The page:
Cerumen is a medical term for earwax. It is produced by the wax glands normally found in the ears. This is a sticky yellowish substance with a specific purpose. Namely, it possesses lubricating, antibacterial and anti-fungal properties. It is essential in maintaining the proper moisture of the ear and traps foreign particles preventing them from entering deeper in the ear canal. Still, in spite of its function people consider cerumen dirty and regularly remove it from the outer ear canal.
Cerumen impaction is a condition in which cerumen builds up and blocks the ear canal. This occurs when accumulated cerumen hardens.
Causes of Cerumen Impaction
After being produced cerumen is carried to the opening of the ear by the movement of the outer layer of the skin that covers the outer ear canal. After reaching the opening of the ear this yellowish substance dries out and simply flakes off. This is a normal process of cerumen elimination from the body. The movement of cerumen and its elimination is enhanced by chewing. Still, in some cases (such as overproduction of cerumen) the ear may not be able to remove cerumen completely which eventually leads to its accumulation. Apart from overproduction of cerumen, cerumen impaction may be caused by frequent and inadequate use of cotton-tipped swabs and similar objects. They are used to remove cerumen from the ears. Inappropriate uses of cotton-tipped swabs may only push cerumen further inside the outer ear canal and add to the buildup. Cerumen impaction also affects people who use hearing aids or ear plugs, those with narrow/ twisted ear canal and it is common in people of old age.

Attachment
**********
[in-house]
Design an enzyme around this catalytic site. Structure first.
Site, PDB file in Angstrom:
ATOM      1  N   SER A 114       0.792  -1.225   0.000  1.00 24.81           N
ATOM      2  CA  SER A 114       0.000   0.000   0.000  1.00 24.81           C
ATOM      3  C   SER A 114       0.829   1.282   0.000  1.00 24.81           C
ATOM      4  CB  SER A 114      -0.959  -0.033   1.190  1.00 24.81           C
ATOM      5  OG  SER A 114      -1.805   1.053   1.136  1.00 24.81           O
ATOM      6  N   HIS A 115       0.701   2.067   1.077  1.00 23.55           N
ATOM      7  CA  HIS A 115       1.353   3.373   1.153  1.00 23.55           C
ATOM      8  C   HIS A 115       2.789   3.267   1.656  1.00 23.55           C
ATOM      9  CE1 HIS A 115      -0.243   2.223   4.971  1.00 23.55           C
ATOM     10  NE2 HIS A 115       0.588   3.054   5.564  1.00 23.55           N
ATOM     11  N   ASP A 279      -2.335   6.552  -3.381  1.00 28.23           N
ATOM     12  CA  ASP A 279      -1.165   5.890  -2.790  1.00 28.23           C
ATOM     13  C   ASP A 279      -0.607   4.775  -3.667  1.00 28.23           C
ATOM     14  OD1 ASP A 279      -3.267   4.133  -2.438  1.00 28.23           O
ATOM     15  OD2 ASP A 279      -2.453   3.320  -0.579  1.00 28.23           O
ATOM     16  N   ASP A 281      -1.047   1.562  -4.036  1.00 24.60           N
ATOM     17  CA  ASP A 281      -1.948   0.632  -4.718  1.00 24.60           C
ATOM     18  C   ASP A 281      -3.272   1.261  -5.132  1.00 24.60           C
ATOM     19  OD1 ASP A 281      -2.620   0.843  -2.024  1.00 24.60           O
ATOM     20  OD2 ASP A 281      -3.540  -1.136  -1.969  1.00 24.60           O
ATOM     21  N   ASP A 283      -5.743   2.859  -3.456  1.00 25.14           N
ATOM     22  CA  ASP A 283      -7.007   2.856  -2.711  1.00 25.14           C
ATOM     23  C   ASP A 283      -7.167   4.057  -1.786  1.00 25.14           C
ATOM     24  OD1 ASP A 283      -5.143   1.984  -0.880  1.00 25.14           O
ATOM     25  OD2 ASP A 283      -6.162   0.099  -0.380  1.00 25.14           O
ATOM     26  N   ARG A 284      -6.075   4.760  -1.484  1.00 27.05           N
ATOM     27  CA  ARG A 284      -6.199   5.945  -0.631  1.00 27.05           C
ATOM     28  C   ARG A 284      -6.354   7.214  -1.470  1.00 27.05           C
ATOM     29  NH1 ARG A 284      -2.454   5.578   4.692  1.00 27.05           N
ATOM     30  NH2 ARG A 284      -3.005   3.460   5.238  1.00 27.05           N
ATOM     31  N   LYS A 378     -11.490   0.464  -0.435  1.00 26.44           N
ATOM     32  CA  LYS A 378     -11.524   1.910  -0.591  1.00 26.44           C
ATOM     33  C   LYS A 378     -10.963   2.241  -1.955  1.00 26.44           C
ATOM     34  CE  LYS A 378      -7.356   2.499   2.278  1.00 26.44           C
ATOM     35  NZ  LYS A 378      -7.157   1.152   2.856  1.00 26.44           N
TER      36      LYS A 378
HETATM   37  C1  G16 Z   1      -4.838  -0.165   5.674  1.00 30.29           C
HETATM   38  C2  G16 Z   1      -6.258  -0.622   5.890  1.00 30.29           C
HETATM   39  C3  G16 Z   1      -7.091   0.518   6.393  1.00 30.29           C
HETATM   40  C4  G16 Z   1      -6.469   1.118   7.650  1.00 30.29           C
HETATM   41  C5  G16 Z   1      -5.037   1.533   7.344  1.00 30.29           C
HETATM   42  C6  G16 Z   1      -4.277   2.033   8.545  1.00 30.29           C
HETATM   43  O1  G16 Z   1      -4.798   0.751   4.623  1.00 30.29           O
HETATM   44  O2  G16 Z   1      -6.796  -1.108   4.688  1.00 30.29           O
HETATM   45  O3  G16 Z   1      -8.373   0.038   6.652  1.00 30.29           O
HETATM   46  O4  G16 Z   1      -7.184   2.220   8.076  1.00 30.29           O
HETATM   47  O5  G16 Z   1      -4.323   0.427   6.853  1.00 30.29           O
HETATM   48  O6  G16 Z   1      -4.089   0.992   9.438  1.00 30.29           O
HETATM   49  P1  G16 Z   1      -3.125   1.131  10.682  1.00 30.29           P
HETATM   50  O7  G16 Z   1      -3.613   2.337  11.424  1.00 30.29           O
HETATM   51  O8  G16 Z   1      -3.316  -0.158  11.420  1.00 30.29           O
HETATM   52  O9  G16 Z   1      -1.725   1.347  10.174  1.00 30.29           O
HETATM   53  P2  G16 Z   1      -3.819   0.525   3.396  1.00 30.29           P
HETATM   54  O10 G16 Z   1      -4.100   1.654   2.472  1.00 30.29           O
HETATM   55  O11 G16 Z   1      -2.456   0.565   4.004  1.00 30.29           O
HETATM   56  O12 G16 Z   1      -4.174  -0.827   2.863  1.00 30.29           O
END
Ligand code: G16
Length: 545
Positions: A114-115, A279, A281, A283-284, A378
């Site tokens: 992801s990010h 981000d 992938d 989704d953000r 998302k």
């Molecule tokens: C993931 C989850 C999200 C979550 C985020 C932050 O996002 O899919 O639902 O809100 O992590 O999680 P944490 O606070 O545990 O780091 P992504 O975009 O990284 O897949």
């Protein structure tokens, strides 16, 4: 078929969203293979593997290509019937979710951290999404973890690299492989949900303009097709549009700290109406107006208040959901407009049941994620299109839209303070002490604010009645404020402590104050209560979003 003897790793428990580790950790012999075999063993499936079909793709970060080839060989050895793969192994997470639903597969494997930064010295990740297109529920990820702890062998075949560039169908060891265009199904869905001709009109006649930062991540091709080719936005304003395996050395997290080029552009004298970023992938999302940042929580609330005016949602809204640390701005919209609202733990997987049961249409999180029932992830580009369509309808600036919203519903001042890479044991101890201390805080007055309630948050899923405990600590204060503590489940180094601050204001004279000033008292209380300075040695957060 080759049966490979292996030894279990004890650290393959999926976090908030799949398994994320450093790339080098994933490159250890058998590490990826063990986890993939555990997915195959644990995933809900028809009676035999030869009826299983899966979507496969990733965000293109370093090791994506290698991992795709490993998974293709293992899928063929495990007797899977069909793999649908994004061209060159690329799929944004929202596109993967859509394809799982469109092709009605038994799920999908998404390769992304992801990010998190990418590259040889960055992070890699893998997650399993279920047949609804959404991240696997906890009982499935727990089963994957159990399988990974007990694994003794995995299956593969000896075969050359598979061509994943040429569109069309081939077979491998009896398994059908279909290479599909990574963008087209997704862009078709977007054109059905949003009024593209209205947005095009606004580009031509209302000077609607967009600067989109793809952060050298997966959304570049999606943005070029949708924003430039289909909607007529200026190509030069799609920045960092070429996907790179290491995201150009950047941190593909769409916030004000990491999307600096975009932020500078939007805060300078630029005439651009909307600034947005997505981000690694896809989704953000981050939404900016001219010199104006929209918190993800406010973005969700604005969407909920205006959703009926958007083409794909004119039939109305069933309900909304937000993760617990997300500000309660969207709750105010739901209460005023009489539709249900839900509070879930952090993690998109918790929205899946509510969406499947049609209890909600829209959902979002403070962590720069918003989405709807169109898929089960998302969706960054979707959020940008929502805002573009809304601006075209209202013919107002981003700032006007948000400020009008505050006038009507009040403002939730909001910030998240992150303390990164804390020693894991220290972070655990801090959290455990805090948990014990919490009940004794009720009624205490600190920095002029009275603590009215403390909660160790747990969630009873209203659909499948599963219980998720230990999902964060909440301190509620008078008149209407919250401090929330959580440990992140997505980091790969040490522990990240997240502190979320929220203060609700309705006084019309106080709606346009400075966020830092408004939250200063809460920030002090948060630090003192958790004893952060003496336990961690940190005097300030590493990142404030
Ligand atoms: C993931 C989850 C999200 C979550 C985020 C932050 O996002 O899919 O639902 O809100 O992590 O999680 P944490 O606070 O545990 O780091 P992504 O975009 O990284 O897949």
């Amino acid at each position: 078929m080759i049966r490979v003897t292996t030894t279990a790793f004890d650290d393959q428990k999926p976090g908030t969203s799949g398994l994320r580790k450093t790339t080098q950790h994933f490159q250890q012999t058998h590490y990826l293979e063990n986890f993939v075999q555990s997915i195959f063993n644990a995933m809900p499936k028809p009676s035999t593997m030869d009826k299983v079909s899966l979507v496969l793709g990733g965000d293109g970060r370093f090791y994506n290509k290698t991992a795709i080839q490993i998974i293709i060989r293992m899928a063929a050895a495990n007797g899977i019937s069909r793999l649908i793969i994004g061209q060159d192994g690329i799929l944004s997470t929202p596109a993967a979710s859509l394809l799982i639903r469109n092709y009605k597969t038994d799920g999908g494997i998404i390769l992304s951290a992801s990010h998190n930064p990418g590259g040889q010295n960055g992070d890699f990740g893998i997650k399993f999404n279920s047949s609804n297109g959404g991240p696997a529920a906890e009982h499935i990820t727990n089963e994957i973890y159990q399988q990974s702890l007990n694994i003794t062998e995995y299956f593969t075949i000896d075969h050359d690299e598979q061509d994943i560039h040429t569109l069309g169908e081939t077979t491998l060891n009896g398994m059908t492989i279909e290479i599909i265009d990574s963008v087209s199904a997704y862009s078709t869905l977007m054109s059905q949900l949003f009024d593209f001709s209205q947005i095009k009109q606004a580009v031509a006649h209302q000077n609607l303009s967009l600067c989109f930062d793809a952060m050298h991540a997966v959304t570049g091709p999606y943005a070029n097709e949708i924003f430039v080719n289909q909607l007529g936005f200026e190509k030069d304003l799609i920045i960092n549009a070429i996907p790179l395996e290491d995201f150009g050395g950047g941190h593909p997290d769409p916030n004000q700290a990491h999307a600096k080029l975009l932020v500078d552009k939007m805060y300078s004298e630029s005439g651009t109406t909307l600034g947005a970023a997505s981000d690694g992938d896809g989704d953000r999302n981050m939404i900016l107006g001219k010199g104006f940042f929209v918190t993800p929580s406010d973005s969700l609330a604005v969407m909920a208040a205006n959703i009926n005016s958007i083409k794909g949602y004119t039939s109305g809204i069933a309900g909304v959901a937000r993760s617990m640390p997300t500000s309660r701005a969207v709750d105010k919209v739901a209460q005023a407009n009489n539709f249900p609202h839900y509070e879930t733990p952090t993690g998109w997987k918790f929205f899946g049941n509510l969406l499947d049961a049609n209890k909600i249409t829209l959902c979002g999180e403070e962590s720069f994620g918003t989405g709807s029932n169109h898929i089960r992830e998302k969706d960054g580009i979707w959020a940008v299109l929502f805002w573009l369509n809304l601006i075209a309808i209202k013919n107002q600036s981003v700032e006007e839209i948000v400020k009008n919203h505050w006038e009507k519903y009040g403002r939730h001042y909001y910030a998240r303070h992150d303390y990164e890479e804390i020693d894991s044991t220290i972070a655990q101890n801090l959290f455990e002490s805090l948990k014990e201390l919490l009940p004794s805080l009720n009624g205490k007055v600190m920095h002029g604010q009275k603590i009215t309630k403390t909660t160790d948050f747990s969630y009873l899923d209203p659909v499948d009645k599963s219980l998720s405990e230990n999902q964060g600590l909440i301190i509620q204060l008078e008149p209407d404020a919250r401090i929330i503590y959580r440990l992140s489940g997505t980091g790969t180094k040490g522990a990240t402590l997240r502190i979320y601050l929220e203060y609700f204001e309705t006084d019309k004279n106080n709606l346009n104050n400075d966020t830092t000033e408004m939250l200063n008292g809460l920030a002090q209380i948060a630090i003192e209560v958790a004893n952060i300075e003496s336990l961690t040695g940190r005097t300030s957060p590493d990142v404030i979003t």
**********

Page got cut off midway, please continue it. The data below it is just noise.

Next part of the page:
Symptoms of Cerumen Impaction
Cerumen impaction typically features with partial loss of hearing and feeling of fullness in the affected ear. Furthermore, the accumulated cerumen may cause itching, ear pain, tinnitus, vertigo, cough and in some cases dizziness.
Treatment for Cerumen Impaction
The very presence of impacted cerumen can be diagnosed by a simple examination of the outer ear canal. The condition is treated with irrigation and flushing the ear with lukewarm water. The doctor may use either syringe or other flushing instrument to remove impacted cerumen. If this procedure fails cerumen is first treated with cerumenolytic solution which will soften the impacted mass. Softening of a hard cerumen is successfully achieved by several cerumenolytic substances such as mineral oil, baby oil, peroxide based ear drops, saline solution and glycerin. After ear irrigation the doctor applies antibiotic ear drops. They are administered to prevent any kind of infection. Ear irrigation is never performed in case the eardrum is perforated or a patient has a history of otitis media. And finally, if irrigation fails even though a cerumenolytic solution has been applied the doctor will remove the impacted cerumen with an instrument called a curette or with the assistance of a vacuum device.